The clubs perpetuate an illusion of sameness. You see the half-naked body boys on all the flyers. Not even the marketing is really inclusive. When’s the last time you say an everyday brother with a little chubby stomach, a little hair on his chest on a gay poster? You don’t. When’s the last time you saw a full-figured woman on a gay poster for a club? You don’t. You see these very idealized, highly sexualized ideas of youthful gayness, which isn’t inclusive of a spectrum of people or representation.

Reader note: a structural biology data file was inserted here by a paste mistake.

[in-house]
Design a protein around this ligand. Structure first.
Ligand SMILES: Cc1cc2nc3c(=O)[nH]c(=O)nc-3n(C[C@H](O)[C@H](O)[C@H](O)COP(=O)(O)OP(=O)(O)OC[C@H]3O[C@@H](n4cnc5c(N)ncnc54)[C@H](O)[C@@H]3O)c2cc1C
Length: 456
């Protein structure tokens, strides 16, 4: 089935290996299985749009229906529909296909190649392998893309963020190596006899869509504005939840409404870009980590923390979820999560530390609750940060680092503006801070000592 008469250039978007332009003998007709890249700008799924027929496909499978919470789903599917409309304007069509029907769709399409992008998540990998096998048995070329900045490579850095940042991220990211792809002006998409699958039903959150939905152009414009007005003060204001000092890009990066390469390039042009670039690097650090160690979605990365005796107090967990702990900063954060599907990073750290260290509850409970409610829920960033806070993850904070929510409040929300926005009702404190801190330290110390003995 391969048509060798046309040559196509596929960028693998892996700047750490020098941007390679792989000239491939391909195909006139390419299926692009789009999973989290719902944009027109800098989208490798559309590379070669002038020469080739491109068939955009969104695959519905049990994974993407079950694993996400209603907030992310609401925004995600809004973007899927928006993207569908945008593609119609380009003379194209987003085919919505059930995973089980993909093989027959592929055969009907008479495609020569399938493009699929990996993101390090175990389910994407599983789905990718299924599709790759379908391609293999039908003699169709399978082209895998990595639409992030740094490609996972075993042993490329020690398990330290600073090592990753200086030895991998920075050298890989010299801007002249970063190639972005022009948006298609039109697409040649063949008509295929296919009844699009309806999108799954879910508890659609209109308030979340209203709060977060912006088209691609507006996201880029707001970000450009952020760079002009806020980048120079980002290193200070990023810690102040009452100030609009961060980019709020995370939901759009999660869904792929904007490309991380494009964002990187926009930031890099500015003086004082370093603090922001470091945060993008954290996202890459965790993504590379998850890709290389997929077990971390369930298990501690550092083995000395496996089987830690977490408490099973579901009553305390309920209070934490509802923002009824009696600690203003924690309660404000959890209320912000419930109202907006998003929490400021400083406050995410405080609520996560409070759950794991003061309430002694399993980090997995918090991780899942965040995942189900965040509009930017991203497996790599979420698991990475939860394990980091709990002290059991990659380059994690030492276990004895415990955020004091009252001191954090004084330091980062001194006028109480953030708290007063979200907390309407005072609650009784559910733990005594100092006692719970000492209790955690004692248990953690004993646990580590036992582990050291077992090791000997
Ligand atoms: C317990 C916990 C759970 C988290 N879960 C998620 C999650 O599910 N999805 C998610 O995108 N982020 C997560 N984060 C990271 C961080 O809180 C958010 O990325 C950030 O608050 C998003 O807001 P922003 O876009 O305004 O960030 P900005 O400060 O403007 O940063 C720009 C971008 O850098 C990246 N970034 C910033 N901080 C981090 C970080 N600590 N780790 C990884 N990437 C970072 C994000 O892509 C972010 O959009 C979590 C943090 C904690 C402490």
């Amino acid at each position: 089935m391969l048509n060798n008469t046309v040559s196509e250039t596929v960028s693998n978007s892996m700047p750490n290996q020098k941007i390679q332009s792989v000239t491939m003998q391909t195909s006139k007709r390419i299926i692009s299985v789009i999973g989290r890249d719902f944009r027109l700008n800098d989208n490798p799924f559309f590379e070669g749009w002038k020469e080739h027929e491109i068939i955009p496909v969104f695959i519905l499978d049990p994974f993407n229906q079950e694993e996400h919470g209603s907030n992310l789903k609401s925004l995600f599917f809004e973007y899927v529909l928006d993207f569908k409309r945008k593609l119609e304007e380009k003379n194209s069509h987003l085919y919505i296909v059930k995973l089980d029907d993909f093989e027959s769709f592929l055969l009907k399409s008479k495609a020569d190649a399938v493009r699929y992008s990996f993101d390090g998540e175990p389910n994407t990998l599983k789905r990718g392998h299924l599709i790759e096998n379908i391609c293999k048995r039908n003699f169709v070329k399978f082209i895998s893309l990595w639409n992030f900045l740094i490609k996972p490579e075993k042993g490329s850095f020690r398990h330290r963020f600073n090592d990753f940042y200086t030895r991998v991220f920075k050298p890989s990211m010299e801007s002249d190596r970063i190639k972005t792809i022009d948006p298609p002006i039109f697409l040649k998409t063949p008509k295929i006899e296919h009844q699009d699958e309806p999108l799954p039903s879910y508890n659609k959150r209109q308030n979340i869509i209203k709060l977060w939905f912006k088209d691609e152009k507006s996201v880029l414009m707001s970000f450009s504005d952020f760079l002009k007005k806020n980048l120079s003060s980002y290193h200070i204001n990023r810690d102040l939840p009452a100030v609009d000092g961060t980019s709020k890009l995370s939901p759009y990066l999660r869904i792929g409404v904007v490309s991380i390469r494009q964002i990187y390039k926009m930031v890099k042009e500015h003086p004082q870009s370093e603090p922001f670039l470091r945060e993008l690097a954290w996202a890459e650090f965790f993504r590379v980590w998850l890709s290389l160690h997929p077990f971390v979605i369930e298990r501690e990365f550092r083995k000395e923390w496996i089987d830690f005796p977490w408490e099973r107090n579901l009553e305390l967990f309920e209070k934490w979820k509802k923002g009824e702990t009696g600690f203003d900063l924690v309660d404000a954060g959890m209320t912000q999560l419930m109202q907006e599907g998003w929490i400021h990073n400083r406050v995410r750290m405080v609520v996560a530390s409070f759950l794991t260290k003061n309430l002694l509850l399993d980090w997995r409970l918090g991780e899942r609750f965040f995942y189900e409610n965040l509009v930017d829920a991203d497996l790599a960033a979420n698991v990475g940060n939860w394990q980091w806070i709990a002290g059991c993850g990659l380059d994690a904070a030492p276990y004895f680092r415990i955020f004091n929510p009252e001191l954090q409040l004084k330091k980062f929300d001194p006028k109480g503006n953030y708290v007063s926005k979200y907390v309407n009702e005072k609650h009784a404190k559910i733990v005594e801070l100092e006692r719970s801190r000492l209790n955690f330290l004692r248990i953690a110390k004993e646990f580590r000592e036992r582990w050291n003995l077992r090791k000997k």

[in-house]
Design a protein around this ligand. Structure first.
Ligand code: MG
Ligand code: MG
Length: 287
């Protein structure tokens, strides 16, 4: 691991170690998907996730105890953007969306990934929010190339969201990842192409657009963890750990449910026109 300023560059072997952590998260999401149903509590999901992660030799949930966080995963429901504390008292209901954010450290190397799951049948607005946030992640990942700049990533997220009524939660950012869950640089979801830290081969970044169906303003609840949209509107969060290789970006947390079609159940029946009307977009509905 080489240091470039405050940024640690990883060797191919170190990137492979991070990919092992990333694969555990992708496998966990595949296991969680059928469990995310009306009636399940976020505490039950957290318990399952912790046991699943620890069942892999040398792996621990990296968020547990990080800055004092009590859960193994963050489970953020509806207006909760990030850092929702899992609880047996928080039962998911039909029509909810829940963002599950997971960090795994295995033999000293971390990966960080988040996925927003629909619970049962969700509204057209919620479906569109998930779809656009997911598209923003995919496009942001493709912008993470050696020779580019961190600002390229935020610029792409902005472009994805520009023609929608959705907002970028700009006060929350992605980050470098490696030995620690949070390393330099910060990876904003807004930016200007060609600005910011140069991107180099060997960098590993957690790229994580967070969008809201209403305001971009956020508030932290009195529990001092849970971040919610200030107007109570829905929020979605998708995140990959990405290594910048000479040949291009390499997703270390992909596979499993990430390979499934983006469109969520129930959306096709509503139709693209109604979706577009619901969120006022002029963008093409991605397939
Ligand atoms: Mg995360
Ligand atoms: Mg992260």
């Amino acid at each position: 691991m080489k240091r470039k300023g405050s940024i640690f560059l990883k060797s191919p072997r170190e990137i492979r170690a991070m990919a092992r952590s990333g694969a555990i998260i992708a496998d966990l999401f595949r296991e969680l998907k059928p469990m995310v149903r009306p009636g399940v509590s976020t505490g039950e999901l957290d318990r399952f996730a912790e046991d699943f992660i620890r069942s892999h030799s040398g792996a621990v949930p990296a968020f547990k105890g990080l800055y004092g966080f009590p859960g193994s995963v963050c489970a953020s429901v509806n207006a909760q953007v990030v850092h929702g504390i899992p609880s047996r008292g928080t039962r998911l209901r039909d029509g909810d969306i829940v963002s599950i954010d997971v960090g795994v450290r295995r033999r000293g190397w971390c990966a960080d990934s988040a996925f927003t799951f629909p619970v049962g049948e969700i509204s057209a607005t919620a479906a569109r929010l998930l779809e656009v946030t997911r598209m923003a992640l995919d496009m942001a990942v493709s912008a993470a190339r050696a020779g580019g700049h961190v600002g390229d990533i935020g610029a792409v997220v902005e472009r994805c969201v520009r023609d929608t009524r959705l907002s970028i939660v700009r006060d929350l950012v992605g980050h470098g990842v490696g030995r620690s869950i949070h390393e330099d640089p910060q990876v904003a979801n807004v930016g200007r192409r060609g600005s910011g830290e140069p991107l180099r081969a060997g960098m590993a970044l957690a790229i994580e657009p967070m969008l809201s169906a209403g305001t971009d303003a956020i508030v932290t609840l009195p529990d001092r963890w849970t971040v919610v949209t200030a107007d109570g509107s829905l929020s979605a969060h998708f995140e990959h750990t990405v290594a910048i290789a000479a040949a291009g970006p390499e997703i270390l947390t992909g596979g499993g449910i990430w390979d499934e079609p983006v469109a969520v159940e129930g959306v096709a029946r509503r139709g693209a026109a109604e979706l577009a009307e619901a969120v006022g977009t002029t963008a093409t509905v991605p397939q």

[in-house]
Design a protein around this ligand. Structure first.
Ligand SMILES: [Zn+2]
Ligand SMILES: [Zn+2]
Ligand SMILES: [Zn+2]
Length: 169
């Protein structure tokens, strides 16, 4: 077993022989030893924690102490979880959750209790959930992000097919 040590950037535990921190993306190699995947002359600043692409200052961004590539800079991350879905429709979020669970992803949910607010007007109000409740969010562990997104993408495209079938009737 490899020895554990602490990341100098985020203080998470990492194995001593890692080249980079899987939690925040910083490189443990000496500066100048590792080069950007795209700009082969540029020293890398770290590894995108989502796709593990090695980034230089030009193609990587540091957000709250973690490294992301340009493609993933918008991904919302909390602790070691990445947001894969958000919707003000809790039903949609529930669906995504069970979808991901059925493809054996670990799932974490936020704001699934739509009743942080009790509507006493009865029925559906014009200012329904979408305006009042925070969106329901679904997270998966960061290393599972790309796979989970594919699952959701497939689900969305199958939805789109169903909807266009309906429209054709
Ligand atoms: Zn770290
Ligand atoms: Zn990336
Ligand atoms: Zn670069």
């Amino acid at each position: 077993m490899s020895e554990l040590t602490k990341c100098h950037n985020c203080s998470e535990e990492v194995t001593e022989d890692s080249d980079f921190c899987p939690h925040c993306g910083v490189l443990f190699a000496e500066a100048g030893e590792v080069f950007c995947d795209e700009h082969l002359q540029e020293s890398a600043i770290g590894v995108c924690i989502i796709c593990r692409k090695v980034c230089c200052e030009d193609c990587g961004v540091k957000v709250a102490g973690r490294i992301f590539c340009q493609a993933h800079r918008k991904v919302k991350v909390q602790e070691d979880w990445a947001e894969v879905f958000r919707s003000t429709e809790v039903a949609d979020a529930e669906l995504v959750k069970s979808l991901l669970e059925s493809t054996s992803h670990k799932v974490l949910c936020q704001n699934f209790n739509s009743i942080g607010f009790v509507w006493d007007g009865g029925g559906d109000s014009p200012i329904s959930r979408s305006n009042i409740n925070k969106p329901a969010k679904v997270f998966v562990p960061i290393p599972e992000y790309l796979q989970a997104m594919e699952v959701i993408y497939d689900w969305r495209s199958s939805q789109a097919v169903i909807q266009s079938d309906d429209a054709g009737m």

A great deal of the LGBT community is still very marginalized, particularly LGBT people of color, and just like all marginalized people we’re nipping and biting at the margins and treating each other like crap. And no one is dealing with the system and the structure that keeps us fighting with each other. So transformation starts with having conversations about who the real enemy is.